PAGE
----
The favorable effects of either Roux's Y gastrojejunal by-pass or adjustable gastric banding on the regression of MS had been reported in other samples with a follow-up as long as 12 months10-12,17. As ethnical features might affect the prevalence of MS, it was unknown whether these results could be extrapolated to our population. In addition, it was unclear if this benefit would be sustained over a more prolonged period of time.

Similar to other results previously published, in this study bariatric surgery led to significant mid-term weight loss (mean 36.7% reduction). As hypothesized, the weight loss resulted in a significant reduction of the prevalence of MS (92.6%) in the study population in the follow-up evaluation mean period of three years following the surgical procedure. An important reduction of all the five diagnostic criteria of MS, according ton the NCEP, was also observed, and we highlight the marked reduction of fasting glucose levels, arterial blood pressure and triglyceride levels. Conversely, the remaining criteria; abdominal circumference and HDL- cholesterol, remained the most prevalent criteria in the late follow-up reevaluation.

The benefits obtained after bariatric surgery might be due not only to the marked weight loss, but also to a change in the nutritional/alimentary profile, as a result of alimentary reeducation, as well as a more active life-style18,19. Several studies have shown that obesity, especially abdominal adiposity, had a defining role in the genesis of insulin-resistance, a physiopathological substrate for all the metabolic changes of MS20-22. Whichever the determining factors and mechanisms involved might be, the marked improvement of the metabolic profile observed in these patients strongly suggests that an important reduction of insulin-resistance, or even its reversal, may occur23.

In addition, some authors have observed a significant improvement and even reversal/cure of diabetes mellitus type 2 quite early after bariatric surgery, even before significant weight-loss becomes evident, thus leading to the supposition that other alternative mechanisms might be responsible for this particular finding24-26.

Recently incretines, peptides produced in the intestine, have been recognized as having a major role in the physiopathology of diabetes mellitus type 2. These substances, whose main representatives are GIP (gastric inhibitory peptide), which is secreted by K-cells in the proximal segment of the small-intestine, and GLP-1 (glucagon-like peptide-1), secreted by L-cells of the distal segment of the small intestine, have their secretion induced by direct contact of the alimentary bolus on the intestine. Once released, they act on the pancreas, stimulating the secretion of insulin. Other anti-diabetogenenic effects have been attributed to GLP-1, such as a slowing of gastric emptying, appetite reduction, glucagon inhibition and an improvement in the sensibility to insulin. However, type 2 diabetic patients have a reduced secretion of these substances following the alimentary stimulus. Thus, it has been hypothesized that Roux's Y gastrojejunal by-pass, by anatomically approaching the stomach and the ileum, leading to an earlier contact of the alimentary bolus with the distal intestine, would lead to an increase in the production of incretines. This, in turn, would explain the improvement or even reversal of diabetes mellitus type 2 by an additional mechanism other than weight loss. In fact, small preliminary studies have shown an early increase in the production of incretines following bariatric surgery, which may be confirmed in larger future studies24-28.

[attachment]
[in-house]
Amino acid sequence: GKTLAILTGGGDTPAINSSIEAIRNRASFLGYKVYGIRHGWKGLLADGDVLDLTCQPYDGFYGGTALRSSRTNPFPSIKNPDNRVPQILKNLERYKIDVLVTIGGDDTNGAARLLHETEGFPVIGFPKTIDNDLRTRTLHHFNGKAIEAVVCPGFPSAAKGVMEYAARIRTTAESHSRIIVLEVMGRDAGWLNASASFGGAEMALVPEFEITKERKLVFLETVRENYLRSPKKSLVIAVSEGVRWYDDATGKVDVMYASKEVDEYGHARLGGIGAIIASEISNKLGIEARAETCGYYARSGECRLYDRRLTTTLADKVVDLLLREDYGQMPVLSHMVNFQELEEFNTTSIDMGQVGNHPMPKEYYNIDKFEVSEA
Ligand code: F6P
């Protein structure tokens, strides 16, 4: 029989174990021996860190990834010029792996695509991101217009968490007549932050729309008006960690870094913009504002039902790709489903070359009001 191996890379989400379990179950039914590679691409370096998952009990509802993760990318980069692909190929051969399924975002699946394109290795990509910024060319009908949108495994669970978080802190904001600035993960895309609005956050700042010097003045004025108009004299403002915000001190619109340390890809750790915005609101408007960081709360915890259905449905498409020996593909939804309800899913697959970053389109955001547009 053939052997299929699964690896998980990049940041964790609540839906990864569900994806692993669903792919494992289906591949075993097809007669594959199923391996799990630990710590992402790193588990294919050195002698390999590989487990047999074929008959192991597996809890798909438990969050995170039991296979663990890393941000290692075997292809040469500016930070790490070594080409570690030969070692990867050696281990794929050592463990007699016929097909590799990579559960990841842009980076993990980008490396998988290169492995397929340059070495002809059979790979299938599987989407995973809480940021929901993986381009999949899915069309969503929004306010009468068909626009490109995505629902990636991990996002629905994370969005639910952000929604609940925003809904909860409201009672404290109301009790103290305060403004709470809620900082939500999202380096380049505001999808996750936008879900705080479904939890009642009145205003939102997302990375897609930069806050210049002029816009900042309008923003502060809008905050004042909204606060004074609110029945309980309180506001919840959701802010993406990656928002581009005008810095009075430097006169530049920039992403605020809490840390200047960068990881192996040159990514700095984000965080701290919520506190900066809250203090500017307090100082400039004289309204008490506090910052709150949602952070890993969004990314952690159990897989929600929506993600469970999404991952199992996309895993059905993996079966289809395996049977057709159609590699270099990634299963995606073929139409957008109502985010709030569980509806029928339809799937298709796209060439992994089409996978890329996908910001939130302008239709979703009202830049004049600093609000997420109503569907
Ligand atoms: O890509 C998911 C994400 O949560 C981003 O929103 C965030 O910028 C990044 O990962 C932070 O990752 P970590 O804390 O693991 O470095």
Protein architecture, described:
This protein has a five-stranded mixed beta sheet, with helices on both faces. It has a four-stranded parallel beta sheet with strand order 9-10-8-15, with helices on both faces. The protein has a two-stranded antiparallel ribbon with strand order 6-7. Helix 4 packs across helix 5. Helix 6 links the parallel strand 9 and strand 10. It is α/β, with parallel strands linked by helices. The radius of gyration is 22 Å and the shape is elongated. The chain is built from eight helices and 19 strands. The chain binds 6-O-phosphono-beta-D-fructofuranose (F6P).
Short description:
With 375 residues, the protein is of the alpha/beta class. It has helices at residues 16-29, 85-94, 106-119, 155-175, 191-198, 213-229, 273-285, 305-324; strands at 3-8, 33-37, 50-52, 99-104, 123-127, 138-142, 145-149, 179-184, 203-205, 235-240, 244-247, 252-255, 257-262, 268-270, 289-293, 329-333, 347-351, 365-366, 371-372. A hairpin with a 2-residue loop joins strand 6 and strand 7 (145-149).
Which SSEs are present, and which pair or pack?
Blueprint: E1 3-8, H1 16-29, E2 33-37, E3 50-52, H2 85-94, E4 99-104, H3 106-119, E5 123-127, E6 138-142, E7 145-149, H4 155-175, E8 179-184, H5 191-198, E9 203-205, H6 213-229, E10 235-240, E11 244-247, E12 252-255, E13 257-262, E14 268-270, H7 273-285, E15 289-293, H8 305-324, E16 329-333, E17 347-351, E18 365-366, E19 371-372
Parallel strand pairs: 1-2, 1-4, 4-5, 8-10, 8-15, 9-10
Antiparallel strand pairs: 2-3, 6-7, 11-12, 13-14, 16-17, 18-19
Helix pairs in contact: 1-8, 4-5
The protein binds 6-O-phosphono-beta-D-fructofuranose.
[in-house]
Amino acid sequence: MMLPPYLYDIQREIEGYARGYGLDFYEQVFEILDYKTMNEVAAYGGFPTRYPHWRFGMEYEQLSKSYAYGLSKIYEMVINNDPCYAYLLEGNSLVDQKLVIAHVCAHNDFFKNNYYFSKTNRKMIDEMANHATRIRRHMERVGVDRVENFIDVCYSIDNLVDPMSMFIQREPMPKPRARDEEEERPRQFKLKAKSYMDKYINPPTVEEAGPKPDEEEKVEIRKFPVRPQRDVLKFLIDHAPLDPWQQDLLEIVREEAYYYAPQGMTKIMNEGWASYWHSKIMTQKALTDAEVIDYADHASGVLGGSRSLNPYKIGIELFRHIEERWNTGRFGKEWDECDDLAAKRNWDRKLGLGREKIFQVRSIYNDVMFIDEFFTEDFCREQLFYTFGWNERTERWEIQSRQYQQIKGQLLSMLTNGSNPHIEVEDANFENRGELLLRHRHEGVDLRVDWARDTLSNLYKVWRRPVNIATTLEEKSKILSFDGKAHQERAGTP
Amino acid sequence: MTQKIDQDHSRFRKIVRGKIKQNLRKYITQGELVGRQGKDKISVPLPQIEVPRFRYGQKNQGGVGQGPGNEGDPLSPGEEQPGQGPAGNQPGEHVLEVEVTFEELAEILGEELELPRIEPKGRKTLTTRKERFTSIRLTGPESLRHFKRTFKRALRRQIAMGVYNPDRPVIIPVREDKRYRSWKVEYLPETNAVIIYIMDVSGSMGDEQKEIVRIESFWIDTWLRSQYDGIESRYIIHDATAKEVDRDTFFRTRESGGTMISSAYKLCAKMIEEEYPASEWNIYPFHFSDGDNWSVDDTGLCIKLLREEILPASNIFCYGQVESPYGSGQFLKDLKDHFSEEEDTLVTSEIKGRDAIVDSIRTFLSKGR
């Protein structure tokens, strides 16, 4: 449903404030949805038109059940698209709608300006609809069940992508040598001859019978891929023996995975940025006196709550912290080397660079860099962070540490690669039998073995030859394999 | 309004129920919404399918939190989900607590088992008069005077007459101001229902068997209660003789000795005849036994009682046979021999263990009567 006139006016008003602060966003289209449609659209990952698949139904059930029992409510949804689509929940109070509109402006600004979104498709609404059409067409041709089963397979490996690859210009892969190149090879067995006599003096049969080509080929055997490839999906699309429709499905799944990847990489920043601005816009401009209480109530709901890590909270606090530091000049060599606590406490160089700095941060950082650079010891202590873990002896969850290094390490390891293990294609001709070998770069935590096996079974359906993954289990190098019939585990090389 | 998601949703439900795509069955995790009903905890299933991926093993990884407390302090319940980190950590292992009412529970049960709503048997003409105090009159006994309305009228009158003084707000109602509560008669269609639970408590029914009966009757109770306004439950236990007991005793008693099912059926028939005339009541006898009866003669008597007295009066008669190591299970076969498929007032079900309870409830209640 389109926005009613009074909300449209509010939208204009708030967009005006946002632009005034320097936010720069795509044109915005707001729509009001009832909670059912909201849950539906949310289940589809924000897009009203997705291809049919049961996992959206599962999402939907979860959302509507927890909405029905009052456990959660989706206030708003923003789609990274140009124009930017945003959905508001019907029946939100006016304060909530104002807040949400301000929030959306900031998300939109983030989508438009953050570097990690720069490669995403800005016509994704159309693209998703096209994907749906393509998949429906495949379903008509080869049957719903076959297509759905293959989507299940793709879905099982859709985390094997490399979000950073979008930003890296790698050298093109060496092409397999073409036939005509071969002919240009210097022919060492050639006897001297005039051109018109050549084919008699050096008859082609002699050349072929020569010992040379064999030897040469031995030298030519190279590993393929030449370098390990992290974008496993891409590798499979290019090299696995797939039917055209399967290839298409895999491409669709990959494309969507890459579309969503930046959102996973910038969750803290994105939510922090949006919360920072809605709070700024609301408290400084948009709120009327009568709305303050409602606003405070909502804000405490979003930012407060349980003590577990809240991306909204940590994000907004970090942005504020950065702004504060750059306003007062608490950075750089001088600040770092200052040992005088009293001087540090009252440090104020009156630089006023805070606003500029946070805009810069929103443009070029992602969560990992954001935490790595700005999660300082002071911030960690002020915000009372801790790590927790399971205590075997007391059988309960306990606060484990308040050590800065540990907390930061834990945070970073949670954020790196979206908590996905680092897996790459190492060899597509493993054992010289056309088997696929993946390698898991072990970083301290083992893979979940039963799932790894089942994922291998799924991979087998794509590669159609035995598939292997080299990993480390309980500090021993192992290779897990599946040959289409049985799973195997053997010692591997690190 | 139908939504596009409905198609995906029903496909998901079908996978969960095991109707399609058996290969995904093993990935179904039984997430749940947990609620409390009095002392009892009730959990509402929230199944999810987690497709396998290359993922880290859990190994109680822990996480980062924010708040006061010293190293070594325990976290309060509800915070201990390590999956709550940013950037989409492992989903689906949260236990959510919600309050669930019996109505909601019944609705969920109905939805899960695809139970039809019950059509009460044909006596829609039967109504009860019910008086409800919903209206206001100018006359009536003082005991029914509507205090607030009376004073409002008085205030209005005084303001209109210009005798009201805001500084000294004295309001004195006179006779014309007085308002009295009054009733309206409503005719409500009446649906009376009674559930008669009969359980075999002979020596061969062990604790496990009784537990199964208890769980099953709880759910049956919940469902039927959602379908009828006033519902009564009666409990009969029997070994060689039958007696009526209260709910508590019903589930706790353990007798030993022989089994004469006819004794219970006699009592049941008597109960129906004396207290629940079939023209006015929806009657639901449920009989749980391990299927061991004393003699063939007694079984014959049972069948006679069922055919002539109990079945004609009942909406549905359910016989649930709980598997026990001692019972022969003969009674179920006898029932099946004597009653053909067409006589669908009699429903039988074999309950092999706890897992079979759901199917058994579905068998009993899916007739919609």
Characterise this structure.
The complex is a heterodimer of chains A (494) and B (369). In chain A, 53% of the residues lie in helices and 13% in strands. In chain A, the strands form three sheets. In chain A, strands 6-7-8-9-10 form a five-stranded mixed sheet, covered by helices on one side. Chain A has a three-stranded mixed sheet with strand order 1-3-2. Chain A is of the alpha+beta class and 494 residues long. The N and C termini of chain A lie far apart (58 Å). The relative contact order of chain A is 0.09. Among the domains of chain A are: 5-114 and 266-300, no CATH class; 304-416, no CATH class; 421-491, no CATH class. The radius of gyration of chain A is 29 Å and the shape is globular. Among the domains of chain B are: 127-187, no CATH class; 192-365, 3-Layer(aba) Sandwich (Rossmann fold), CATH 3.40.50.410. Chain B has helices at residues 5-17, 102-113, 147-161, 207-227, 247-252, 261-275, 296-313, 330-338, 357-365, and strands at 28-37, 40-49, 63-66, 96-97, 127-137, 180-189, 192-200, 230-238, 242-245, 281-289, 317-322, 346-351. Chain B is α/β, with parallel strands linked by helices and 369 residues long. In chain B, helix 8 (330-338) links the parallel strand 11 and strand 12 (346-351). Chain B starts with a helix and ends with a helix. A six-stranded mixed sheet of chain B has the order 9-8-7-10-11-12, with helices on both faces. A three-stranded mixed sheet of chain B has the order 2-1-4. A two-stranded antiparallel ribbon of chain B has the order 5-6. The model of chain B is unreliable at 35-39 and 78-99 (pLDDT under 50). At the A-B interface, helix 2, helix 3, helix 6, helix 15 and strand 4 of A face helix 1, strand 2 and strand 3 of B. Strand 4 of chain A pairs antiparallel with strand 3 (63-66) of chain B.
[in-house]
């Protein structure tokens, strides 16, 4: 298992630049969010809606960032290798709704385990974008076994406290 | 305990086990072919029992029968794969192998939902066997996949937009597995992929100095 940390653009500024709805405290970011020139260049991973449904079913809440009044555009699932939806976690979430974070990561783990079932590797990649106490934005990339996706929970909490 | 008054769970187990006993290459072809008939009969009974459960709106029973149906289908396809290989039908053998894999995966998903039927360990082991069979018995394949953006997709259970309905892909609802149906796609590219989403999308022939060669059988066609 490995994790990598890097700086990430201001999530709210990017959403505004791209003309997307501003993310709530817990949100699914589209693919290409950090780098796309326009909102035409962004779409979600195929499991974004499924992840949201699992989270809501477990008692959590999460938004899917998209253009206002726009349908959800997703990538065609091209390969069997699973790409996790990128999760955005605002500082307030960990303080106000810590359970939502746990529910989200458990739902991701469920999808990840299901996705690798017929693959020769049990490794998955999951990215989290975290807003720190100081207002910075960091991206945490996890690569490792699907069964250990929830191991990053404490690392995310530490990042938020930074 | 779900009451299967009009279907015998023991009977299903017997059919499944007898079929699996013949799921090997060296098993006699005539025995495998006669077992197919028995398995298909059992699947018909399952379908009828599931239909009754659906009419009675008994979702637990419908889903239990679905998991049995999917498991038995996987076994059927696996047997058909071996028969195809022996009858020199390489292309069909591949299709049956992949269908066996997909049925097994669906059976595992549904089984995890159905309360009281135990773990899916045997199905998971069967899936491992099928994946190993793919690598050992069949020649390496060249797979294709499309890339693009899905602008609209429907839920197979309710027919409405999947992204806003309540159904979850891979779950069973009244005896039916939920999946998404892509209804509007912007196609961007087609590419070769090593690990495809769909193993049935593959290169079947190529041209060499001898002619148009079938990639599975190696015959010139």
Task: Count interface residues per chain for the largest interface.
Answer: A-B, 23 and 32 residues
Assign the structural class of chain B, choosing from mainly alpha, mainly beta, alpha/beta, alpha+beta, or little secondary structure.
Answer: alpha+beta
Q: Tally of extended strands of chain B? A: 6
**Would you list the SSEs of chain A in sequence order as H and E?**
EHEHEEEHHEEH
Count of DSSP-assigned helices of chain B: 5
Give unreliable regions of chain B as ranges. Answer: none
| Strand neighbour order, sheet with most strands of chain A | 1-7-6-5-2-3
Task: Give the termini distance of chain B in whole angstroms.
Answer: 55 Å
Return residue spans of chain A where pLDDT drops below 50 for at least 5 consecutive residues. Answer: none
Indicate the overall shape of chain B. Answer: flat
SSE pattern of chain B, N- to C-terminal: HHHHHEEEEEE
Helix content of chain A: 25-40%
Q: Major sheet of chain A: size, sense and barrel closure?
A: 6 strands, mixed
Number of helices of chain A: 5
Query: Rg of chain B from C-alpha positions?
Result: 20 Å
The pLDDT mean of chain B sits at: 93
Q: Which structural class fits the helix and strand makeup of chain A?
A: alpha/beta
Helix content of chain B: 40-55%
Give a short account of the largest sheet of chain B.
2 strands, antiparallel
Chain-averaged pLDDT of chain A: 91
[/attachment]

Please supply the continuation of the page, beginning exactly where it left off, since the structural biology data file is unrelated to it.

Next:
Therefore, routine evaluation of patients who are candidates for bariatric surgery should include an active search for MS, due to its high prevalence, as shown in our study. Also, as a rather easy to perform evaluation, it should also be part of mid-term and long-term follow-up protocols, as an important parameter of the benefits of bariatric surgery in these individuals. Further studies should be able to demonstrate whether the favorable impact of bariatric surgery on MS is an effective tool in the reduction of long-term cardiovascular events.

Potential Conflict of Interest

No potential conflict of interest relevant to this article was reported.

Sources of Funding

There were no external funding sources for this study.

Study Association

This study is not associated with any post-graduation program.



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Mailing address:
Francisco das Chagas Monteiro Júnior
Rua Santa Luzia, 27 QD.17, Quintas do Calhau
65067-460, São Luís, MA – Brazil

Manuscript received May 17, 2008; revised manuscript received June 19, 2008; accepted July 09, 2008.